Paglia next discusses Bronzino's 'Portrait of Andrea Doria as Neptune', writing that as a work of the Mannerism movement it shows a "polished theatricality" arresting to the viewer,[13] and Gian Lorenzo Bernini's 'Chair of Saint Peter' in the Vatican City, a 17th-century work showing how Baroque art often "overwhelms the senses with flamboyant grandeur".[14]

She takes a nuanced view of the lasting influence of pop art, writing that, generally, the artistic movement "projects an innocent child’s view of the world."[1] She also argues that works by artists such as Andy Warhol, whom she praises, conveyed powerful subtleties with their pieces. The book details 'Marilyn Diptych', a 1962 silkscreen that replicates a photo of Marilyn Monroe over and over with image variations, and the work is lauded for strongly showing the "multiplicity of meanings" in the actress' life and legacy.[2]

The book additionally cites Eleanor Antin's conceptual art project '100 Boots'. Paglia praises the work, writing that "boots, like their creator, are outsiders, eternal migrants questing for knowledge and experience."[15]


Writer John Adams of The New York Times Book Review published a critical review of the book, viewing it as being "so agenda driven and so riddled with polemic asides that its potential to persuade is forever being compromised." Adams noted that the book avoided discussions of Giotto, Michelangelo, El Greco, Rembrandt, Vermeer, and van Gogh, which he criticized. He supported how Paglia "encourages us to read more closely and to look more imaginatively" at the world of art history, though concluded that her praise of George Lucas was assessing art "by its reach rather than its depth", and thus Paglia "has journeyed to the wrong continent, and what she has found glittering there is fool's gold."[1]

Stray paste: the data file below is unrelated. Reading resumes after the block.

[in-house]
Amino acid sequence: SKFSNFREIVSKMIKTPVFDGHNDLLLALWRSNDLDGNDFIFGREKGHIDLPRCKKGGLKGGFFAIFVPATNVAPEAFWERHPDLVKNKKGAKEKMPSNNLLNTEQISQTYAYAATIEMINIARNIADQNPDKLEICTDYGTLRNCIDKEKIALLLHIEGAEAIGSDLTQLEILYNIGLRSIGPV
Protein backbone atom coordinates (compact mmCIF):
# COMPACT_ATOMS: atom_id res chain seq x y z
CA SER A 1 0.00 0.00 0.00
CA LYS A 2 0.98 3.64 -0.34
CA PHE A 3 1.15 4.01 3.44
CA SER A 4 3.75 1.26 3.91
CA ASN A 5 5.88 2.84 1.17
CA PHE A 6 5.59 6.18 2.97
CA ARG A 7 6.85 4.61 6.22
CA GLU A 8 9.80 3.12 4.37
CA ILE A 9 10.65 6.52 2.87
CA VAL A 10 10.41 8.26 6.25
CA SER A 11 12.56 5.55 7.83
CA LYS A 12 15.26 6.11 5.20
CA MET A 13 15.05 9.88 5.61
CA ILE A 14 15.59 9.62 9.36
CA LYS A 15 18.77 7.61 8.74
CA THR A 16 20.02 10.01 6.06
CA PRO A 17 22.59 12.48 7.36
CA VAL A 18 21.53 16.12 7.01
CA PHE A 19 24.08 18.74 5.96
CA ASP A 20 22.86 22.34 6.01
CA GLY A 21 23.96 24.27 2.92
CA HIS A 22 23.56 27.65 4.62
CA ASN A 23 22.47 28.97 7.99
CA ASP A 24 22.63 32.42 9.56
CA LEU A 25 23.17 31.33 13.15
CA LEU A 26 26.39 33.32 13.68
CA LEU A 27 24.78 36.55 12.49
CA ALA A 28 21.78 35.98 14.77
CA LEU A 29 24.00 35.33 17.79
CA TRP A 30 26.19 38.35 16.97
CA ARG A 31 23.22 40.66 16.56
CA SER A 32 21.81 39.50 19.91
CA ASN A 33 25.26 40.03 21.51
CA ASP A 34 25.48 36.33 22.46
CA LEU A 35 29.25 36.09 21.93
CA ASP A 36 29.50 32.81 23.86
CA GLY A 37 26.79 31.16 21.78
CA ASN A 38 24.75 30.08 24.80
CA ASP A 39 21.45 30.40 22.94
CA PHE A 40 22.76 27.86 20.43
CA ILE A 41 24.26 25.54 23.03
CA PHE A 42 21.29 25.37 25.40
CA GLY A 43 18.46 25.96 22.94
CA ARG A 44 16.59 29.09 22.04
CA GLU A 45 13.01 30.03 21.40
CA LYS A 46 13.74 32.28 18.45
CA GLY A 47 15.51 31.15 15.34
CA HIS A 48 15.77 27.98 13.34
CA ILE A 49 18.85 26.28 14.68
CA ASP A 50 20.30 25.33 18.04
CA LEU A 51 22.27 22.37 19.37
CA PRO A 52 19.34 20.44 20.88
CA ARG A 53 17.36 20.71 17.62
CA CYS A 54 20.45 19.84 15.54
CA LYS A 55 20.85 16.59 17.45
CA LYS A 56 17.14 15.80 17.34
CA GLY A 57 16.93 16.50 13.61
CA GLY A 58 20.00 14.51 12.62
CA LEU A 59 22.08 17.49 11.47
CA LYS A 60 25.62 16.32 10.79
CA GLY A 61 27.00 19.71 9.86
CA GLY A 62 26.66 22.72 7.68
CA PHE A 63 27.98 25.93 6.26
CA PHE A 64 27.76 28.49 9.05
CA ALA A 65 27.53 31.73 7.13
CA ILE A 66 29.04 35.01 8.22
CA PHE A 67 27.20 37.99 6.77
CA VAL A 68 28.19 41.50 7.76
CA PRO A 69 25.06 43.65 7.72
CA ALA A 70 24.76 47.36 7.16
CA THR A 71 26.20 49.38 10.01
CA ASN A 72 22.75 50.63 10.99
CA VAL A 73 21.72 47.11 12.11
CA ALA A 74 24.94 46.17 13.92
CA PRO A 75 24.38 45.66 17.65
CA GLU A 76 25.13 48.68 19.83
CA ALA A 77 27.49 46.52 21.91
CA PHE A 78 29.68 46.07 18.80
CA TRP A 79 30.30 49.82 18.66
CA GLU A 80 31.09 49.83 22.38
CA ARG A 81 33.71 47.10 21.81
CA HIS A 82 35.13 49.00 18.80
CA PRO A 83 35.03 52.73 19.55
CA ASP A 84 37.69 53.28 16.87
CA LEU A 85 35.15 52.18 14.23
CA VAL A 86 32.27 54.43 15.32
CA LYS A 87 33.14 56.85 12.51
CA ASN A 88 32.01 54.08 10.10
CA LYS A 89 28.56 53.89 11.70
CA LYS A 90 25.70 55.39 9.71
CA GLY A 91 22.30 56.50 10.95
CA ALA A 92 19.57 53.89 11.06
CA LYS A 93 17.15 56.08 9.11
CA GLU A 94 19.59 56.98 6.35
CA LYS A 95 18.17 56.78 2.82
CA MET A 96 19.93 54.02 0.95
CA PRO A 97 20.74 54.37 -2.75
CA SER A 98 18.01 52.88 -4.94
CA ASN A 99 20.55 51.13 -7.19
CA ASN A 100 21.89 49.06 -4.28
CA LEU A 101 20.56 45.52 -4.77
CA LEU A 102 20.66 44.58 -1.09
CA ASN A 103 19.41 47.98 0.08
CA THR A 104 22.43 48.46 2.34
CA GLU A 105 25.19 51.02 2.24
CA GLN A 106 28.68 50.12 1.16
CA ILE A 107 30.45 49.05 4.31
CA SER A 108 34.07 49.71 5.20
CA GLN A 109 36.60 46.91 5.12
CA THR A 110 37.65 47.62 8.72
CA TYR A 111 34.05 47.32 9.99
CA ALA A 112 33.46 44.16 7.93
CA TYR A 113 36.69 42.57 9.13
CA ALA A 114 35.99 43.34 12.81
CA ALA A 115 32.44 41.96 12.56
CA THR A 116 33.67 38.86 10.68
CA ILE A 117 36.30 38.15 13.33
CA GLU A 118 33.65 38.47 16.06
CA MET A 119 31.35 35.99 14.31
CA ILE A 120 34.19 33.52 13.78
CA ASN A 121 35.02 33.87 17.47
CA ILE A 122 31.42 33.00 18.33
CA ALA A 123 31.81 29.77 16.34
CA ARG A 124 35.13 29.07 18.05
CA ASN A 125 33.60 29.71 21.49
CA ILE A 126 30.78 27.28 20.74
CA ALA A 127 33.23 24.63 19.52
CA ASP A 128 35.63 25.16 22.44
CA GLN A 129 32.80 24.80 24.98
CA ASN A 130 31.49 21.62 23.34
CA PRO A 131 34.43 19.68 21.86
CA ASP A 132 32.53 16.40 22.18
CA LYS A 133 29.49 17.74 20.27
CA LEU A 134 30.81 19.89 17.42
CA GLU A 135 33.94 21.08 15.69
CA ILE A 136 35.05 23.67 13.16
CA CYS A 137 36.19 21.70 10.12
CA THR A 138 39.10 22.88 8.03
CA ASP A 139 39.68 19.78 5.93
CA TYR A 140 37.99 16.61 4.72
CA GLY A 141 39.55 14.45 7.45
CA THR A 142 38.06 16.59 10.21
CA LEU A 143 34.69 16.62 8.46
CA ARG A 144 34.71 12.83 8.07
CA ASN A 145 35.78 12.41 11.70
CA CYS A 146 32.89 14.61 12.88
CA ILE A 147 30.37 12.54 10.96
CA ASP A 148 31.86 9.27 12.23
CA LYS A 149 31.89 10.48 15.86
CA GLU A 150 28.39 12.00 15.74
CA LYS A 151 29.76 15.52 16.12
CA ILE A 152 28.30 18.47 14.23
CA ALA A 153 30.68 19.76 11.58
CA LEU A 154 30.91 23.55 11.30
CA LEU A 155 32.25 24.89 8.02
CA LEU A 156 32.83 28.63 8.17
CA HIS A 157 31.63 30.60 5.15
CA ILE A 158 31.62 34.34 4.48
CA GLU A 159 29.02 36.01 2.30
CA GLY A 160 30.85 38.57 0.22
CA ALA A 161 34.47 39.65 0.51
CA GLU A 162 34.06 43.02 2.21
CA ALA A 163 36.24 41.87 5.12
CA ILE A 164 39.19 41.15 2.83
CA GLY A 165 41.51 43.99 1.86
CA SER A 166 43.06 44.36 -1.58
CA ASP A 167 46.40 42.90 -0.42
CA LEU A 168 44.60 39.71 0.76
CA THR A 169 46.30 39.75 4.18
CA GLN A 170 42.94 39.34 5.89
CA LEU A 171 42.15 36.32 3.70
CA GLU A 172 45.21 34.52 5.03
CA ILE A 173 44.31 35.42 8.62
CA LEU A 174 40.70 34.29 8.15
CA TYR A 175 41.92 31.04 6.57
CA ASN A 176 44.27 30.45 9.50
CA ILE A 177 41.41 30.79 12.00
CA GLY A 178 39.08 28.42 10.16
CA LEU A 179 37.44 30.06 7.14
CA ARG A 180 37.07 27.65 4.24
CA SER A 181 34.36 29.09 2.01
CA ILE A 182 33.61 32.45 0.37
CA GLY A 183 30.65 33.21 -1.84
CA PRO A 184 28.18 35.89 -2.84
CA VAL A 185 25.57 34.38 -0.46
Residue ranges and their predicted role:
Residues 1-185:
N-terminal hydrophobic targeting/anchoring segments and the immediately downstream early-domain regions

Journalist Gary Rosen of The Wall Street Journal, however, praised the book's "impressive range" and accessibility for a general audience. He argued that "[f]or the most part, Ms. Paglia chooses well, from works both celebrated and obscure", and he stated that the author "is especially good at the difficult trick of providing context for the newcomer to art history without being tedious for a more experienced reader."[2] In addition, The Philadelphia Inquirer ran a supportive article that labeled the book a "magisterial, poetically composed, and masterly study".[3]

The Los Angeles Times published a supportive review by Michael S. Roth, an author and the president of Wesleyan University. He wrote, "Artists, questing outsiders, are still with us, still finding their way, making their way. Perhaps some of them will be inspired by the glittering images Camille Paglia offers here."[15]

See alsoEdit


  1. ^ a b c d e f Adams, John (November 30, 2012). "Paglia on Art". The New York Times. Retrieved July 7, 2014.
  2. ^ a b c d e f Rosen, Gary (October 16, 2014). "The Pagan Aesthetic". The Wall Street Journal. Retrieved July 17, 2014.
  3. ^ a b Derakhshani, Tirdad (October 17, 2012). "Camille Paglia hopes to reignite regular folks' interest in the arts". The Philadelphia Inquirer. Retrieved July 7, 2014.
  4. ^ a b Glittering Images, pp.15-18
  5. ^ Glittering Images, pp.3-5
  6. ^ Glittering Images, pp.11-13
  7. ^ Glittering Images, pp.21
  8. ^ Glittering Images, pp.27
  9. ^ a b Glittering Images, pp.39
  10. ^ Glittering Images, pp.36-37
  11. ^ Glittering Images, pp.43
  12. ^ Glittering Images, pp.49
  13. ^ Glittering Images, pp.53
  14. ^ Glittering Images, pp.59
  15. ^ a b Michael S. Roth (December 28, 2012). "Art appreciation 101: 'Glittering Images' by Camille Paglia". The Los Angeles Times. Retrieved July 19, 2014.